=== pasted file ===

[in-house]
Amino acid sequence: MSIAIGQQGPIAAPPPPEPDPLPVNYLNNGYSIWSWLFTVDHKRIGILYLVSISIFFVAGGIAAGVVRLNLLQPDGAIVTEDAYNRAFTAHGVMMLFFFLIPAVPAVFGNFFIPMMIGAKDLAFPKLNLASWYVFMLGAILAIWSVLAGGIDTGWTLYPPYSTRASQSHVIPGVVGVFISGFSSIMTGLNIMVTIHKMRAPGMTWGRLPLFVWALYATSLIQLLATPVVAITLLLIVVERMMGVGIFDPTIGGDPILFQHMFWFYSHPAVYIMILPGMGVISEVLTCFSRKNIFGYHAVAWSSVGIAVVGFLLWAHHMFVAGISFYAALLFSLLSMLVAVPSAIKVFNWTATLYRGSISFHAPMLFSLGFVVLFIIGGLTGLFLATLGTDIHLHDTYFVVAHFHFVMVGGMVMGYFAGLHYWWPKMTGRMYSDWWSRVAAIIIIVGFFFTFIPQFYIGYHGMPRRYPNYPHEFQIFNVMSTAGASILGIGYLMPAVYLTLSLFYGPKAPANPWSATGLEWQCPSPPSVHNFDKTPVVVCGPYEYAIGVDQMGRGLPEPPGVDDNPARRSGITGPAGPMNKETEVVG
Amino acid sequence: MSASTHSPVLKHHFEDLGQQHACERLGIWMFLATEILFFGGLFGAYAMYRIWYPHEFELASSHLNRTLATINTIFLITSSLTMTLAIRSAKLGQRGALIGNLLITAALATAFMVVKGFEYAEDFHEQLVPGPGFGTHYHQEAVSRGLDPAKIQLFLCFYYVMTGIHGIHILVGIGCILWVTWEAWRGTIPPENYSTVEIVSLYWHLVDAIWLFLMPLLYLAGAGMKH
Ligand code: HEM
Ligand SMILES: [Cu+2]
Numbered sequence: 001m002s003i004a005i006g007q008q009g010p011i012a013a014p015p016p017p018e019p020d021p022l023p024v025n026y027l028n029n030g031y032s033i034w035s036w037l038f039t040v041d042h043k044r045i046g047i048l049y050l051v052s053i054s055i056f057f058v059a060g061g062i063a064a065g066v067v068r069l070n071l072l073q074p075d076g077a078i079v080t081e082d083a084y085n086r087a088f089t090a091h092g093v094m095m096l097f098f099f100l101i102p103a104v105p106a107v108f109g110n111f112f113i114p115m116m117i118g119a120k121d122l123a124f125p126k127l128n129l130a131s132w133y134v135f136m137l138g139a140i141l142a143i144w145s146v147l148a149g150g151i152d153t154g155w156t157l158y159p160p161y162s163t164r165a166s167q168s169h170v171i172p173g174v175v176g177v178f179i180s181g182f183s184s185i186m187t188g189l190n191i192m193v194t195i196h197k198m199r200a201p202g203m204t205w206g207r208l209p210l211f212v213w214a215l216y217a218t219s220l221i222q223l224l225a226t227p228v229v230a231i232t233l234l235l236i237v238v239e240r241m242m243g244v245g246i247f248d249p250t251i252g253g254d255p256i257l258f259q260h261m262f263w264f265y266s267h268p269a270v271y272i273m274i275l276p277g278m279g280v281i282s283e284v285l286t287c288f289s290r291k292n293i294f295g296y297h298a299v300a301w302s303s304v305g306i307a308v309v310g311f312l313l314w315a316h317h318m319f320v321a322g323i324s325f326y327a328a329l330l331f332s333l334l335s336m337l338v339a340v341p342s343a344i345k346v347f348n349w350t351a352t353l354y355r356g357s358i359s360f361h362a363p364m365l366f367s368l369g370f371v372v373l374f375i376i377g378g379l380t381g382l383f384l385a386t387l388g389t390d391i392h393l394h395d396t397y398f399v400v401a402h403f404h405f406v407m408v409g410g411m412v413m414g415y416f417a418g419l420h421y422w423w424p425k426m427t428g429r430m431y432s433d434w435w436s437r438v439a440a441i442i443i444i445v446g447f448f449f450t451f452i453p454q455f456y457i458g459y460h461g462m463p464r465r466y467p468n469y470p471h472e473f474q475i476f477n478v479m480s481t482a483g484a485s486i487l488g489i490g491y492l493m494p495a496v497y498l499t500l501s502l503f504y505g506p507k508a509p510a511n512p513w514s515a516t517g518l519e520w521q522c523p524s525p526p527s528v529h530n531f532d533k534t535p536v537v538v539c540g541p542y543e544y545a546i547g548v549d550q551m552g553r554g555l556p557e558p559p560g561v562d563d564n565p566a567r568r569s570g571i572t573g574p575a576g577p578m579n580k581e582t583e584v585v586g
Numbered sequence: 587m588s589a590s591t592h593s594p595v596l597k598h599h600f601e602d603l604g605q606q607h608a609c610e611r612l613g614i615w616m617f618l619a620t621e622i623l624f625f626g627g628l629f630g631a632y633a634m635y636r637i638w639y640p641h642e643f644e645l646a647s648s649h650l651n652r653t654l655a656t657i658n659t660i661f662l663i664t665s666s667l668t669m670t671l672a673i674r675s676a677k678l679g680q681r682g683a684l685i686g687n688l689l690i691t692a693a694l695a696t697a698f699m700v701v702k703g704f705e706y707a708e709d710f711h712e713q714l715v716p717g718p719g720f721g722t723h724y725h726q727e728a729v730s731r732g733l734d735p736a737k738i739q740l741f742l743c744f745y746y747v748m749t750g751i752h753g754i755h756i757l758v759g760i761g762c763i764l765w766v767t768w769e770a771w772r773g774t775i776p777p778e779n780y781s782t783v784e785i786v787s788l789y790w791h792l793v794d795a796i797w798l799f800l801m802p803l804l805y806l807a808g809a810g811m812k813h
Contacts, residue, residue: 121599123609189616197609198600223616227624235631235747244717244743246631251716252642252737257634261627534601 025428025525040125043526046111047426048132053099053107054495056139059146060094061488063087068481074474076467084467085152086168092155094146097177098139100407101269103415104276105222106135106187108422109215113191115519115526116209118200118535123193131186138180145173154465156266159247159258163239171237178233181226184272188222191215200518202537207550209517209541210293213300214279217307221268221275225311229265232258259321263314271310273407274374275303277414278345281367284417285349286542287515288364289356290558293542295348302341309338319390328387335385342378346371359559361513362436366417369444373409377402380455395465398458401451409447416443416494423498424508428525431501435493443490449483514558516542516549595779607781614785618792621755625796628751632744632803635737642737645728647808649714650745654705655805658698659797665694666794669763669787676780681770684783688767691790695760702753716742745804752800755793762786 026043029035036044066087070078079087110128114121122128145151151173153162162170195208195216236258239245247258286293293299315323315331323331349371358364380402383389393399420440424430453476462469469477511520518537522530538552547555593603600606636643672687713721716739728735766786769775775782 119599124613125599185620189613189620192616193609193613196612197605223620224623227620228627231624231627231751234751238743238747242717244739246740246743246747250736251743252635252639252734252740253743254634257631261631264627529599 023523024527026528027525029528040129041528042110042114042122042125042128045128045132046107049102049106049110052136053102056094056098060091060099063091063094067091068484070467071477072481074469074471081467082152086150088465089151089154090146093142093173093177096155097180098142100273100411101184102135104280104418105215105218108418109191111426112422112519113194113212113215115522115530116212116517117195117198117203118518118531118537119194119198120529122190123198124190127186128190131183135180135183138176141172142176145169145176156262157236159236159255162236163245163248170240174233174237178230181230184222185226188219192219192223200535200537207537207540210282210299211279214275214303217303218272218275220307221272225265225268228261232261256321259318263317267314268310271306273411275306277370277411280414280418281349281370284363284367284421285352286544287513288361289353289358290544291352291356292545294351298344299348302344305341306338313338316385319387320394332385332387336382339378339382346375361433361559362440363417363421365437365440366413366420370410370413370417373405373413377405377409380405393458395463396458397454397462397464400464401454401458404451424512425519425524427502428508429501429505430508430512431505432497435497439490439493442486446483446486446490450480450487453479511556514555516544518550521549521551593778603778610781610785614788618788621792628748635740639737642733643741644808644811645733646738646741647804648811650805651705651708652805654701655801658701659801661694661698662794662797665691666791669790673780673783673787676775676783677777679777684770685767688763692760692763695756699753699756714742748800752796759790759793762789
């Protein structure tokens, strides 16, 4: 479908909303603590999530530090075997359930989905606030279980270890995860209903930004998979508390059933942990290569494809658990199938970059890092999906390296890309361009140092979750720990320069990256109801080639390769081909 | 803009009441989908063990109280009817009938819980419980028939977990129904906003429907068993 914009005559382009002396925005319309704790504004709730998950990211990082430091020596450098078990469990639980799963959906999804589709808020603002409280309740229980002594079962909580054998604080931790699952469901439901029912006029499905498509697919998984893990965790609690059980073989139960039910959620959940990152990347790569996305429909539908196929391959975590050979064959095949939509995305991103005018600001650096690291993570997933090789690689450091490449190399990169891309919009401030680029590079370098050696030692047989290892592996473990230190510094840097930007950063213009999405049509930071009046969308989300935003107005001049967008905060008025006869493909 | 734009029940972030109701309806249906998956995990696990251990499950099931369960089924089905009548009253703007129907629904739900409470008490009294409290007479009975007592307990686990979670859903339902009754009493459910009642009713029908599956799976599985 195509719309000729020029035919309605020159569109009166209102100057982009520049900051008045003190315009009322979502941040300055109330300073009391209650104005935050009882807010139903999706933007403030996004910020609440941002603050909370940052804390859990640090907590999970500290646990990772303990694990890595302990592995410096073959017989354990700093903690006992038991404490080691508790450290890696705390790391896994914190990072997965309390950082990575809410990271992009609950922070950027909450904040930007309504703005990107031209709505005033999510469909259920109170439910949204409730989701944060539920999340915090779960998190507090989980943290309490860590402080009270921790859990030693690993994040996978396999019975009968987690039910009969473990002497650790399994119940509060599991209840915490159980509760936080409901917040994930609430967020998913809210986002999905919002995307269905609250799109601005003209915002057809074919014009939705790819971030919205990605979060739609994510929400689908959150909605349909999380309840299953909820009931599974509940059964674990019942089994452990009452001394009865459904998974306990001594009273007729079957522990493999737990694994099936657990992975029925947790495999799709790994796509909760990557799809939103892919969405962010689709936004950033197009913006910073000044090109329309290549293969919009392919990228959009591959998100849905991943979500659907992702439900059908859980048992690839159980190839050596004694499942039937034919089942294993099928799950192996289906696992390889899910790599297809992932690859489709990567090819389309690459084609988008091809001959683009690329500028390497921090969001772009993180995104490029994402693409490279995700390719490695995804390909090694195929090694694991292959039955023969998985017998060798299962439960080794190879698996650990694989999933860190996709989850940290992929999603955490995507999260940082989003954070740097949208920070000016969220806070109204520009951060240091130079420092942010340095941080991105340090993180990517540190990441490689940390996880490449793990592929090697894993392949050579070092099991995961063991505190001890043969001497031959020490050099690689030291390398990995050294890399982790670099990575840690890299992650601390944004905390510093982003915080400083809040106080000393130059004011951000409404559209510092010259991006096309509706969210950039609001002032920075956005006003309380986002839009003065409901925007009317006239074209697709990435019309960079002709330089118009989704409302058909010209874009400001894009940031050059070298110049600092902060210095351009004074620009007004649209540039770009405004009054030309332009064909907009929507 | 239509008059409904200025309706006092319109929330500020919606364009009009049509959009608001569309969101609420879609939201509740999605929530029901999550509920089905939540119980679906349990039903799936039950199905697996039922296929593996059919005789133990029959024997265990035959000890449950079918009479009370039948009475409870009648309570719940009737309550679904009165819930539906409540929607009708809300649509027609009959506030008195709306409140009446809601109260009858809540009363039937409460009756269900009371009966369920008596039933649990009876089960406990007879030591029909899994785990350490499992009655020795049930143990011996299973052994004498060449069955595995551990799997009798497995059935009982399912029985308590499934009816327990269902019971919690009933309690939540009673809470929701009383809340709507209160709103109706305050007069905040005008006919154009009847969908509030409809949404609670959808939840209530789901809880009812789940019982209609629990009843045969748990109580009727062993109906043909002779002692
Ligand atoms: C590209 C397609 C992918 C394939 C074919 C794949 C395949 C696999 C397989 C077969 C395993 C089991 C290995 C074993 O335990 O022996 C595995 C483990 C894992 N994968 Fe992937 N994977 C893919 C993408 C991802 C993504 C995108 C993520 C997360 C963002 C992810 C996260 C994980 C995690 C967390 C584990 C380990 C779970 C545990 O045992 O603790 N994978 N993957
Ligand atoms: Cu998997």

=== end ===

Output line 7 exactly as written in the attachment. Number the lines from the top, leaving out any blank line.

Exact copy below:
Numbered sequence: 587m588s589a590s591t592h593s594p595v596l597k598h599h600f601e602d603l604g605q606q607h608a609c610e611r612l613g614i615w616m617f618l619a620t621e622i623l624f625f626g627g628l629f630g631a632y633a634m635y636r637i638w639y640p641h642e643f644e645l646a647s648s649h650l651n652r653t654l655a656t657i658n659t660i661f662l663i664t665s666s667l668t669m670t671l672a673i674r675s676a677k678l679g680q681r682g683a684l685i686g687n688l689l690i691t692a693a694l695a696t697a698f699m700v701v702k703g704f705e706y707a708e709d710f711h712e713q714l715v716p717g718p719g720f721g722t723h724y725h726q727e728a729v730s731r732g733l734d735p736a737k738i739q740l741f742l743c744f745y746y747v748m749t750g751i752h753g754i755h756i757l758v759g760i761g762c763i764l765w766v767t768w769e770a771w772r773g774t775i776p777p778e779n780y781s782t783v784e785i786v787s788l789y790w791h792l793v794d795a796i797w798l799f800l801m802p803l804l805y806l807a808g809a810g811m812k813h